Nurses in Houston, Texas, on Jan. 8, 2022. (Brandon Bell/Getty Images)
The Epoch Times
The U.S. District Court for the Northern District of Texas in mid-December entered a preliminary injunction to temporarily block the mandate, pending a trial on the merits of the case.
The preliminary injunction meant that the vaccine mandate from the Centers for Medicare and Medicaid Services (CMS) was put on hold in 25 states, including Texas, while it was still in effect in another 25 states.
The Biden administration then moved to appeal the injunction on Jan. 14.
But Texas on Tuesday moved to dismiss the case after the U.S. Supreme Court on Jan. 13 lifted injunctions that blocked the CMS vaccine mandate. The Texas district court’s dismissal of the case on Wednesday marks the first time the CMS can enforce its mandate across the United States. The case is Texas v. Becerra, N.D. Tex., No. 2:21-cv-00229.
When the CMS mandate first went into effect on Nov. 5, 2021, many Republican-led states challenged the policy and several federal judges temporarily blocked the mandate later that month.
The Supreme Court’s decision on Jan. 13 was made after it heard arguments from two separate lawsuits brought by 24 states against the CMS mandate. Texas had filed its own lawsuit against the mandate, so the Supreme Court’s decision did not affect Texas providers.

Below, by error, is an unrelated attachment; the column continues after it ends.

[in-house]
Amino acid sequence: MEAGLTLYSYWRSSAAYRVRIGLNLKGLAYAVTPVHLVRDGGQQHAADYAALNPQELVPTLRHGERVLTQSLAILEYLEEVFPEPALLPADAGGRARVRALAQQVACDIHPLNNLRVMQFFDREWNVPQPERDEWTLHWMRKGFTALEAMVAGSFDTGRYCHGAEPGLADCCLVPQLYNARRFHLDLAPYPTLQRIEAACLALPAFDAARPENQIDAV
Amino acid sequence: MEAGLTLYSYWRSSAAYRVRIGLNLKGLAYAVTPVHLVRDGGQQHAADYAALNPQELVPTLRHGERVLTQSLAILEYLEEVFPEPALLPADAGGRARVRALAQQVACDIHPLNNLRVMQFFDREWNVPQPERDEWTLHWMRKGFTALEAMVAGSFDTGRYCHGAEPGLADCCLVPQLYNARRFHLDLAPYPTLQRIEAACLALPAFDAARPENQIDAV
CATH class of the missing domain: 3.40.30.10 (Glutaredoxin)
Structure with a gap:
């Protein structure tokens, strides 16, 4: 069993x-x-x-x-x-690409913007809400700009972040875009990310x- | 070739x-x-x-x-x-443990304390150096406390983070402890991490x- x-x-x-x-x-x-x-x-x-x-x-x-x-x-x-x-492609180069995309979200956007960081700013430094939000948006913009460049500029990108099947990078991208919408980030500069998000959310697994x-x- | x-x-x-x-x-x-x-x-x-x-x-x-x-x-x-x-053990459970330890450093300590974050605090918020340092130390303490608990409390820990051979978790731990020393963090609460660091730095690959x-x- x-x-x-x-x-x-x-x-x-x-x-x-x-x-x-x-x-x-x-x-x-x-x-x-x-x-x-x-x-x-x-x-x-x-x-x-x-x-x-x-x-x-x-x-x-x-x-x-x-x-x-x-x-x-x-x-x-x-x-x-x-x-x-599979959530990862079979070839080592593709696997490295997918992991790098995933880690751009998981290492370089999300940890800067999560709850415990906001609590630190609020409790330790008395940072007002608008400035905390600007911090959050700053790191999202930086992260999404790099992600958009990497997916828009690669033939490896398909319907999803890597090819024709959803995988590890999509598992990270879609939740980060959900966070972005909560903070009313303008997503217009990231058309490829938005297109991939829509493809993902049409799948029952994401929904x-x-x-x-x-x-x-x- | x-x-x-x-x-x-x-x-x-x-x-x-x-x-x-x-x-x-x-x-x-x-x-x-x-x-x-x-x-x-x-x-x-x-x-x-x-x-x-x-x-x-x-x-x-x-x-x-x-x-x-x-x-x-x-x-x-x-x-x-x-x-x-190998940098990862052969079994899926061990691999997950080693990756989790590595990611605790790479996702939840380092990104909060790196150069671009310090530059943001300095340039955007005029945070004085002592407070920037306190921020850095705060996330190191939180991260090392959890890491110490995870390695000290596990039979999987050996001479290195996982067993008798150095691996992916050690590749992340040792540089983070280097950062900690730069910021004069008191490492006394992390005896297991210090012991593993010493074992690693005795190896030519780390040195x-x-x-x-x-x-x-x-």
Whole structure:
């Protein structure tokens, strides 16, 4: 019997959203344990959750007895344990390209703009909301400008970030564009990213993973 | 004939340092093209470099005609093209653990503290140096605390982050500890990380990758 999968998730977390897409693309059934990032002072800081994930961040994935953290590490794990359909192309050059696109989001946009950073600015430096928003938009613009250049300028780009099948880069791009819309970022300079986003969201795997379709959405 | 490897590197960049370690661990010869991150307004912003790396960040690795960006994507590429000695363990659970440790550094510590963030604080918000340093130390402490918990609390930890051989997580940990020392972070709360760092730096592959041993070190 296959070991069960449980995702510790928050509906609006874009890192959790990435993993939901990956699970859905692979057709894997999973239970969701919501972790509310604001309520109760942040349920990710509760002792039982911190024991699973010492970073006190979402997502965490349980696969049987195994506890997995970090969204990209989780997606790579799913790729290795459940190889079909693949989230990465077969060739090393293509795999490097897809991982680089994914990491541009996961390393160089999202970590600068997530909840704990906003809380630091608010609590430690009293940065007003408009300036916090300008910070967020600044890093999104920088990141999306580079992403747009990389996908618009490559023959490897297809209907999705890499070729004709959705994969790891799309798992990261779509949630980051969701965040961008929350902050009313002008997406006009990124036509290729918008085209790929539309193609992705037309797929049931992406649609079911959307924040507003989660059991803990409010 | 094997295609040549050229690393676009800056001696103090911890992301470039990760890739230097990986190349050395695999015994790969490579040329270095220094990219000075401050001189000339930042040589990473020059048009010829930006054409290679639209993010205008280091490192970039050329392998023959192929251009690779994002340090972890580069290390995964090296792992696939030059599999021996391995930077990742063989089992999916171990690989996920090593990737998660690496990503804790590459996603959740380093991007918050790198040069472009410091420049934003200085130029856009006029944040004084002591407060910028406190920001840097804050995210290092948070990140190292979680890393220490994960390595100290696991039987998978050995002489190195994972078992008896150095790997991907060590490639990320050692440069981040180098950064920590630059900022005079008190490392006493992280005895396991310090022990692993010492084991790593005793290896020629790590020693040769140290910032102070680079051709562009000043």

The CMS mandate requires full vaccination against COVID-19 for 10.4 million workers at Medicare and Medicaid-certified facilities across the country, according to the federal government—down from the over 17 million workers it originally said. There are medical and religious exemptions, but no exemptions for people who have developed natural immunity from having had past COVID-19. There is also no option of weekly testing.
The CMS announced Jan. 15 that medical facilities in 24 states that were newly affected by the Supreme Court decision had until March 15 to be fully vaccinated against COVID-19.
Meanwhile, health care workers in federal facilities in 25 other states not involved in the lawsuits that reached the Supreme Court have until Jan. 27 to receive the first dose, and Feb. 28 to receive the second dose.
The CMS at the time said Texas was not affected due to ongoing litigation. The agency has yet to announce any new deadlines for Texas health care workers.